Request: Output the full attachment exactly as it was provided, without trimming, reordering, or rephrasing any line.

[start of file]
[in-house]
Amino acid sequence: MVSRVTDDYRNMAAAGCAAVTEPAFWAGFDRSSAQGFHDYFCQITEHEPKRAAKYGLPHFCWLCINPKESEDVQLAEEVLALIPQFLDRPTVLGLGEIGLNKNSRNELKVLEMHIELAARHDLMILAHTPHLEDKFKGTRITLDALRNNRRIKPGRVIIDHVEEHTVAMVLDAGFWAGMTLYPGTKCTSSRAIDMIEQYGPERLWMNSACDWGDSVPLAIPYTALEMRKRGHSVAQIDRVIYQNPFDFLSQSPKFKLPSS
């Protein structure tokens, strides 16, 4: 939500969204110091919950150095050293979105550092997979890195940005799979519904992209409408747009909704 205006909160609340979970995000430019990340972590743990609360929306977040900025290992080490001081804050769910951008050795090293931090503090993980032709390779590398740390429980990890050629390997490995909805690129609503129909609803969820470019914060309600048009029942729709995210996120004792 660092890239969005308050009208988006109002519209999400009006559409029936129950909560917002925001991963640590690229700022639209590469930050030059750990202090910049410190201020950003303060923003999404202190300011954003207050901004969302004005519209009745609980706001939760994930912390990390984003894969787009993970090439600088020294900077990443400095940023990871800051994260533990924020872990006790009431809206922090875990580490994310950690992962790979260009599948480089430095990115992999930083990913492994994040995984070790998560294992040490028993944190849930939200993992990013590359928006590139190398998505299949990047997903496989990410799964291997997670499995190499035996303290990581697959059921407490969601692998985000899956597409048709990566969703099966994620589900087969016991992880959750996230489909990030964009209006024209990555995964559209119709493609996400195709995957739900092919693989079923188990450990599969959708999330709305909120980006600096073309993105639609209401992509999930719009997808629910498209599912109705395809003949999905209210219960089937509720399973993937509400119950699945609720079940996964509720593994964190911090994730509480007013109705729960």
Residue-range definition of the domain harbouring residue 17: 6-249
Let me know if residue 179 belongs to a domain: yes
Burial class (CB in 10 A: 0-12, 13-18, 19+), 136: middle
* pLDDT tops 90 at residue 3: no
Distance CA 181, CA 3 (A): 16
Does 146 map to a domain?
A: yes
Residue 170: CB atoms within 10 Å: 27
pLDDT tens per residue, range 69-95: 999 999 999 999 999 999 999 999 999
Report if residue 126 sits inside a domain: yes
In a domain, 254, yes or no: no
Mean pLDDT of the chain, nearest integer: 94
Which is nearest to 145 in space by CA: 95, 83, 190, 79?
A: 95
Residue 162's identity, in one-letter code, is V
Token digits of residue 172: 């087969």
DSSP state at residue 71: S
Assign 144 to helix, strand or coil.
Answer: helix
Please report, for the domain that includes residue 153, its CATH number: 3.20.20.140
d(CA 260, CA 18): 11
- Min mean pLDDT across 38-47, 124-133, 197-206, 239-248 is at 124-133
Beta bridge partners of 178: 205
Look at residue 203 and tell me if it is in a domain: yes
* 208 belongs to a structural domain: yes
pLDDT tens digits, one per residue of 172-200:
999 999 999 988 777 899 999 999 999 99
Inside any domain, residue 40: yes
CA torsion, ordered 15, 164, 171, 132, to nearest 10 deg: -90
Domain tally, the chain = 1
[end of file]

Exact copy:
[in-house]
Amino acid sequence: MVSRVTDDYRNMAAAGCAAVTEPAFWAGFDRSSAQGFHDYFCQITEHEPKRAAKYGLPHFCWLCINPKESEDVQLAEEVLALIPQFLDRPTVLGLGEIGLNKNSRNELKVLEMHIELAARHDLMILAHTPHLEDKFKGTRITLDALRNNRRIKPGRVIIDHVEEHTVAMVLDAGFWAGMTLYPGTKCTSSRAIDMIEQYGPERLWMNSACDWGDSVPLAIPYTALEMRKRGHSVAQIDRVIYQNPFDFLSQSPKFKLPSS
């Protein structure tokens, strides 16, 4: 939500969204110091919950150095050293979105550092997979890195940005799979519904992209409408747009909704 205006909160609340979970995000430019990340972590743990609360929306977040900025290992080490001081804050769910951008050795090293931090503090993980032709390779590398740390429980990890050629390997490995909805690129609503129909609803969820470019914060309600048009029942729709995210996120004792 660092890239969005308050009208988006109002519209999400009006559409029936129950909560917002925001991963640590690229700022639209590469930050030059750990202090910049410190201020950003303060923003999404202190300011954003207050901004969302004005519209009745609980706001939760994930912390990390984003894969787009993970090439600088020294900077990443400095940023990871800051994260533990924020872990006790009431809206922090875990580490994310950690992962790979260009599948480089430095990115992999930083990913492994994040995984070790998560294992040490028993944190849930939200993992990013590359928006590139190398998505299949990047997903496989990410799964291997997670499995190499035996303290990581697959059921407490969601692998985000899956597409048709990566969703099966994620589900087969016991992880959750996230489909990030964009209006024209990555995964559209119709493609996400195709995957739900092919693989079923188990450990599969959708999330709305909120980006600096073309993105639609209401992509999930719009997808629910498209599912109705395809003949999905209210219960089937509720399973993937509400119950699945609720079940996964509720593994964190911090994730509480007013109705729960």
Residue-range definition of the domain harbouring residue 17: 6-249
Let me know if residue 179 belongs to a domain: yes
Burial class (CB in 10 A: 0-12, 13-18, 19+), 136: middle
* pLDDT tops 90 at residue 3: no
Distance CA 181, CA 3 (A): 16
Does 146 map to a domain?
A: yes
Residue 170: CB atoms within 10 Å: 27
pLDDT tens per residue, range 69-95: 999 999 999 999 999 999 999 999 999
Report if residue 126 sits inside a domain: yes
In a domain, 254, yes or no: no
Mean pLDDT of the chain, nearest integer: 94
Which is nearest to 145 in space by CA: 95, 83, 190, 79?
A: 95
Residue 162's identity, in one-letter code, is V
Token digits of residue 172: 């087969």
DSSP state at residue 71: S
Assign 144 to helix, strand or coil.
Answer: helix
Please report, for the domain that includes residue 153, its CATH number: 3.20.20.140
d(CA 260, CA 18): 11
- Min mean pLDDT across 38-47, 124-133, 197-206, 239-248 is at 124-133
Beta bridge partners of 178: 205
Look at residue 203 and tell me if it is in a domain: yes
* 208 belongs to a structural domain: yes
pLDDT tens digits, one per residue of 172-200:
999 999 999 988 777 899 999 999 999 99
Inside any domain, residue 40: yes
CA torsion, ordered 15, 164, 171, 132, to nearest 10 deg: -90
Domain tally, the chain = 1